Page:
Each of the three solids just looked at above (generated from 3, 4, and 6 great circles dividing the sphere evenly) has a very special relation to one, or a specific pair, of a most regular class of solids, the “platonic” solids (where the solid is composed solely of a single, regular shape for each of its faces, and all its vertices lie on a single sphere). Here, for reference, are each of the five platonic solids, and each mapped onto a sphere.
A very beautiful ordering is shown, that the solids generated by dividing the sphere with great circles in the least arbitrary way (i.e. the most regular division in terms of great circles), have an intimate relation to the solids which are generated by dividing the sphere into the same regular shapes (i.e. most regular in terms of faces), as we will explore this relation below.
We are only dipping into a much broader field of different regular and quasi-regular divisions of the sphere, and the corresponding solids; the connection to our investigation comes through a specific type of “truncation” of these platonic solids: taking the midpoint of each edge of a solid, and connecting these midpoints with rectilinear lines, generating a new solid (as a “truncation” of the first, as if we were chopping off sections of the first). Because of the regular nature of the platonic solids we are truncating, the resulting solids will, like the platonic solids, have all their corresponding edges be equal, but the faces will not necessarily all be the same shape.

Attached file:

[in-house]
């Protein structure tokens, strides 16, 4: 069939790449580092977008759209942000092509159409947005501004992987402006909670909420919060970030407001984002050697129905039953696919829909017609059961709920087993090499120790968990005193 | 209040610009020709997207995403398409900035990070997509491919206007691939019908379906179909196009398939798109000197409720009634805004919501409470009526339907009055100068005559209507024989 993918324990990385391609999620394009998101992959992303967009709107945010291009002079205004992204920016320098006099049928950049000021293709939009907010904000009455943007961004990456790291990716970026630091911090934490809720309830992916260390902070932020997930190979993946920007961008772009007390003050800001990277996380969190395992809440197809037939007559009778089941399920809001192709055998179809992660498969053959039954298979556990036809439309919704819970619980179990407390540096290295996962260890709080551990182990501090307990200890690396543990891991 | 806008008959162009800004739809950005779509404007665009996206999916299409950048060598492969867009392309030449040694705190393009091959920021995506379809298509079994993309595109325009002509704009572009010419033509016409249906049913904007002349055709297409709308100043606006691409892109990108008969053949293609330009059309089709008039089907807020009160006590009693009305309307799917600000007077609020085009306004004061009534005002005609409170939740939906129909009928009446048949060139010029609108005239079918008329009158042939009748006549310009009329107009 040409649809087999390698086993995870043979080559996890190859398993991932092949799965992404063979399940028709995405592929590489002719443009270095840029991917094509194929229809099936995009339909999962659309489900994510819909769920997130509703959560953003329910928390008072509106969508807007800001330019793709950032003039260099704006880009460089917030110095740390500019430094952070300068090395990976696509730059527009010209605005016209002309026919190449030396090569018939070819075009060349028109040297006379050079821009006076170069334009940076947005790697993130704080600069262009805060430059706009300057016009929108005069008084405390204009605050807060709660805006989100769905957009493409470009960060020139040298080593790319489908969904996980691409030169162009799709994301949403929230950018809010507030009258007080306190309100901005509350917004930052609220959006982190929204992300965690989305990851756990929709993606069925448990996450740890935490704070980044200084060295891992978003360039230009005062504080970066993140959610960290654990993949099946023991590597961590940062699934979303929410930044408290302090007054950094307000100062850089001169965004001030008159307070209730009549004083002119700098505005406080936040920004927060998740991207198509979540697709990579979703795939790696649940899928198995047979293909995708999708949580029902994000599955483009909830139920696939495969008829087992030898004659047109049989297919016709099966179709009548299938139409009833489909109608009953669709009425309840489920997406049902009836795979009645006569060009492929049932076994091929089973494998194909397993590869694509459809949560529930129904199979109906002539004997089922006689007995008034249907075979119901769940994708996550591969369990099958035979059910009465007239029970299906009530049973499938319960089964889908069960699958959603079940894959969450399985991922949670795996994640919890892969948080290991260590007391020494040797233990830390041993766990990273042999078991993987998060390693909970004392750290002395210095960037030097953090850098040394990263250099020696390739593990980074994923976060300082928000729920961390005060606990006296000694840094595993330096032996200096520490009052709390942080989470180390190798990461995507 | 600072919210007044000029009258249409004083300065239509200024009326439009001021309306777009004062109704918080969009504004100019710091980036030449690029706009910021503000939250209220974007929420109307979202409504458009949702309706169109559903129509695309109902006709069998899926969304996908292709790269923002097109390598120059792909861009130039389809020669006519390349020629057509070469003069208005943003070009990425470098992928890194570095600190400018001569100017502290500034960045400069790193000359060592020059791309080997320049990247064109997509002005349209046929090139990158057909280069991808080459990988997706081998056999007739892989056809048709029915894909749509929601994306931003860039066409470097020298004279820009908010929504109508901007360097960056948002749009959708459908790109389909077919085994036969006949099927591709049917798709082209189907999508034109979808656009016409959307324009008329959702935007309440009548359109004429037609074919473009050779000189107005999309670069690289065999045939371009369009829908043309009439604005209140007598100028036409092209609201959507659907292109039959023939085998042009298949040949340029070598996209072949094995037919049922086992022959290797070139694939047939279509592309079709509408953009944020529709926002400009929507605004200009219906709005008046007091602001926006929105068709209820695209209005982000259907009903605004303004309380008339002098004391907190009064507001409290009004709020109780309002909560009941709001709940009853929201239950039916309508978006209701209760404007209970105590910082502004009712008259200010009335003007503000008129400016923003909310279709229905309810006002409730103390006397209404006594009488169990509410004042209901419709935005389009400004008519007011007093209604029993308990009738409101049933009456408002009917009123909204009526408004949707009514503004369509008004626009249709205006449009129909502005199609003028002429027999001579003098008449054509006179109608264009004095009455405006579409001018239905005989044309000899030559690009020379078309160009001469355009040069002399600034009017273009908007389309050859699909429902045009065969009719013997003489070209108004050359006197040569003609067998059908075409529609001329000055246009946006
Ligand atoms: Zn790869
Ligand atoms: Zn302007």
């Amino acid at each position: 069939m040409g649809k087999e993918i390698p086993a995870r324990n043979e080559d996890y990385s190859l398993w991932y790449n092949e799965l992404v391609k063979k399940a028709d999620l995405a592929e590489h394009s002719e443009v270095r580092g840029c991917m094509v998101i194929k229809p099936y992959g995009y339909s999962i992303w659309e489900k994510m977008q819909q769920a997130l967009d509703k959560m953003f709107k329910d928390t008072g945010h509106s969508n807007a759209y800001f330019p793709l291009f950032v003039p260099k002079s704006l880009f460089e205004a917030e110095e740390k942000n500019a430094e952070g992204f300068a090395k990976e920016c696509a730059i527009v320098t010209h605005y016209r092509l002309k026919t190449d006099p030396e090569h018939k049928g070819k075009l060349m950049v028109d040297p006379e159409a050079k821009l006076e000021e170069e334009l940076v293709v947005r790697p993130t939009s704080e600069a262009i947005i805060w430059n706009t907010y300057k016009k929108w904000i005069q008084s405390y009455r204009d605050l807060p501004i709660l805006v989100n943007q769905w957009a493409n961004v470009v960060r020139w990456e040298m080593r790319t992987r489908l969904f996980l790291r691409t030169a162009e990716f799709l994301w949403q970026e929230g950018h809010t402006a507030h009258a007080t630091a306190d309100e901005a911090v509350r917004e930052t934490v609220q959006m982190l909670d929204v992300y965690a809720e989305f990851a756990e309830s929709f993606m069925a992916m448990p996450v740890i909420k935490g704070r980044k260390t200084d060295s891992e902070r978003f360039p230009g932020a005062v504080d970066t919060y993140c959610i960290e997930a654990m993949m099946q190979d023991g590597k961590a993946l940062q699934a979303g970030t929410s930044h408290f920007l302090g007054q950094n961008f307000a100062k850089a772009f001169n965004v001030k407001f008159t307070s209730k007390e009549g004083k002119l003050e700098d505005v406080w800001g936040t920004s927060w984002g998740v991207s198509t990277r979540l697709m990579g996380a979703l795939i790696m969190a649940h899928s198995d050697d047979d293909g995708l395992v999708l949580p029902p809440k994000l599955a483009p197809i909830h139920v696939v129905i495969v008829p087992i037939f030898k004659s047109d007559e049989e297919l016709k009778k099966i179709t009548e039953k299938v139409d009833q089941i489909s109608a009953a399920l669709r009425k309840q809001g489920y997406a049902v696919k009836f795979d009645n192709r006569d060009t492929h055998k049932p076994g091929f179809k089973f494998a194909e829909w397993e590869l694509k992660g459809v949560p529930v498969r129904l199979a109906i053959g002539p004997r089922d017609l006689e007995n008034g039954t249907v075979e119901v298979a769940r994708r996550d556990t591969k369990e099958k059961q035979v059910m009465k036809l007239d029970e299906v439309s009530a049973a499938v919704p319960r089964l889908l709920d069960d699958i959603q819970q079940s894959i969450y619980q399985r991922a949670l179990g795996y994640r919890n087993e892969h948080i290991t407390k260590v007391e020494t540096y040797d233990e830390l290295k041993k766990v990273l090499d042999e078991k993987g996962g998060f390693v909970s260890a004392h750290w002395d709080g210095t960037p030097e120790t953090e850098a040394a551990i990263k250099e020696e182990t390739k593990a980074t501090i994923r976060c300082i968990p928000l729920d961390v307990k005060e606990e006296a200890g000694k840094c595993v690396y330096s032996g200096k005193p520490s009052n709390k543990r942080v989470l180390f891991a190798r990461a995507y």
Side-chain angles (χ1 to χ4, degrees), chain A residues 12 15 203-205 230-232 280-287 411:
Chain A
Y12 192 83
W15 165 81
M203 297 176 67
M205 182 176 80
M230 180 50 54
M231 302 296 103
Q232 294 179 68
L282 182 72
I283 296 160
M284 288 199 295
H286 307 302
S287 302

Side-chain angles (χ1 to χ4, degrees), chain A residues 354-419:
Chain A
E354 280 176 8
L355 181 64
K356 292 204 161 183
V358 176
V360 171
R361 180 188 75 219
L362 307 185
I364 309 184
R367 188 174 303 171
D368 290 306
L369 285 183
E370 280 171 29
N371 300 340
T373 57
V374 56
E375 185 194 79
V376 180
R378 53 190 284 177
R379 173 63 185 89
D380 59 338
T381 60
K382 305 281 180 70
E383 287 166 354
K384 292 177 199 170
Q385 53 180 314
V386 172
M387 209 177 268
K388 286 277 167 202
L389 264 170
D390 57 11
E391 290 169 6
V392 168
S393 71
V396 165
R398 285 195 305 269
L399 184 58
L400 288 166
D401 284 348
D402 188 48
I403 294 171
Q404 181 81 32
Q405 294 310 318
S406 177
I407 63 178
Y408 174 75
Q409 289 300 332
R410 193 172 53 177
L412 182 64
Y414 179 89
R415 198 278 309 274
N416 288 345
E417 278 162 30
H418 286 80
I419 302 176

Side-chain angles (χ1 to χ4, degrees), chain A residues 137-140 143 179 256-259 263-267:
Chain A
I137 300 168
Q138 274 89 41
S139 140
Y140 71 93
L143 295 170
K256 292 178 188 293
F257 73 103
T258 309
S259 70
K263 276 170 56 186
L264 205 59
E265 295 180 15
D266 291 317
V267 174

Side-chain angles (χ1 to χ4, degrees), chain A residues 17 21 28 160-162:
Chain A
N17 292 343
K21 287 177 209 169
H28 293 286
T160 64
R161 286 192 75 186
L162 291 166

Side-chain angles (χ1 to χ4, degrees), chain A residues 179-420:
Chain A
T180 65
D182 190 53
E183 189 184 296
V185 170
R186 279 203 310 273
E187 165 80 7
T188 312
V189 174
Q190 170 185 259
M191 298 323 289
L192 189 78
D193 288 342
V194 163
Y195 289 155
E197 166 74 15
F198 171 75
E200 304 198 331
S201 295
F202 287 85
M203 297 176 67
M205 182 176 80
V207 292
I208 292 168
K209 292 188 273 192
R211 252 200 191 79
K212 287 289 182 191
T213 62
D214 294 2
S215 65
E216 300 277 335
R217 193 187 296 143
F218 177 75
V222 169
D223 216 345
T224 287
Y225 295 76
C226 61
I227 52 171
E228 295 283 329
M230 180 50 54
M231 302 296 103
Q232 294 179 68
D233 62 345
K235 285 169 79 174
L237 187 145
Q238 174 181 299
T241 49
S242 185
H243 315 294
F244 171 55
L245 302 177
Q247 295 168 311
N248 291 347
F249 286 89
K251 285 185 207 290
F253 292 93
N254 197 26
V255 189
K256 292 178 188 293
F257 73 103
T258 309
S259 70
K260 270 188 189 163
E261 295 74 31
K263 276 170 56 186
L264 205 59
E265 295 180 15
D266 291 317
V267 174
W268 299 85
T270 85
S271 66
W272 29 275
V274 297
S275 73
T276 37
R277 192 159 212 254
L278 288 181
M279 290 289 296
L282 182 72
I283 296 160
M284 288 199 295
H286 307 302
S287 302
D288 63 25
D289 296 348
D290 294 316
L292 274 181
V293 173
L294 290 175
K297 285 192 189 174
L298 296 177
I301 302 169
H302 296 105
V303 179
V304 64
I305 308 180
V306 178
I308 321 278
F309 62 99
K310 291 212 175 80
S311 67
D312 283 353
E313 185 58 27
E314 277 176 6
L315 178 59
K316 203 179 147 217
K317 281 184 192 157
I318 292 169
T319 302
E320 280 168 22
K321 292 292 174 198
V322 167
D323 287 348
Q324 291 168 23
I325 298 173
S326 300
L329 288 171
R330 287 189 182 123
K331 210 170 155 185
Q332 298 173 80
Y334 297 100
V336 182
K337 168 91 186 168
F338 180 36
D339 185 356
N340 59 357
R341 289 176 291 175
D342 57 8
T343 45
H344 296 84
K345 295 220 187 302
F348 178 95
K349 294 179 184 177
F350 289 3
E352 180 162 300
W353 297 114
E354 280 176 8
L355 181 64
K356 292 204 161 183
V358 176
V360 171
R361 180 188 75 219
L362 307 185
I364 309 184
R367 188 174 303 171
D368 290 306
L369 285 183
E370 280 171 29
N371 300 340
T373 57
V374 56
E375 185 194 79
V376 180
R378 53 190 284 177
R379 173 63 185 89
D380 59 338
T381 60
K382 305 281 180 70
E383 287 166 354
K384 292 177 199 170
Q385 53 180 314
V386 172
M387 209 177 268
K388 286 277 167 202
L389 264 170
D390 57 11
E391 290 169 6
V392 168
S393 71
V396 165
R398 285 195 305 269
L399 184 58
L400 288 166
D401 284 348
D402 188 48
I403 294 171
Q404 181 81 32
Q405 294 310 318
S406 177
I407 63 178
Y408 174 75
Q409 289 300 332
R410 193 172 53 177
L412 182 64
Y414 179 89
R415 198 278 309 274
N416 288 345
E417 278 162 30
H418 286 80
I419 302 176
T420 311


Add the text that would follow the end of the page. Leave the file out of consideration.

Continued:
The bisected-edge truncation of the octahedron:
The bisected-edge truncation of the cube:
Notice, the bisected-edge truncation of the cube and of the octahedron produce the same solid: the cuboctahedron (in the animation below where the cube and octahedron share the same cuboctahedron, the cube and octahedron will not be from the same sized sphere; for our investigation here, this is just worth noting).
The reason why the octahedron and cube produce the same solid, when truncated in this way, is that they (the cube and octahedron) are “duals.” This dual relationship can be known by connecting the centers of the faces of a platonic solid, this will generate its dual, another platonic solid. Again, it is necessary that the reader is to construct these, both on the sphere, and in the rectilinear form (preferably on the sphere first).
The octahedron is exposed as the dual of cube:
And the cube, likewise, as the dual of the octahedron:
The duals shown together, including their spherical arcs:
Now it gets interesting; here are the spherical arcs that correspond to the edges of the cube and the octahedron- and their bisected-edge truncation the cuboctahedron: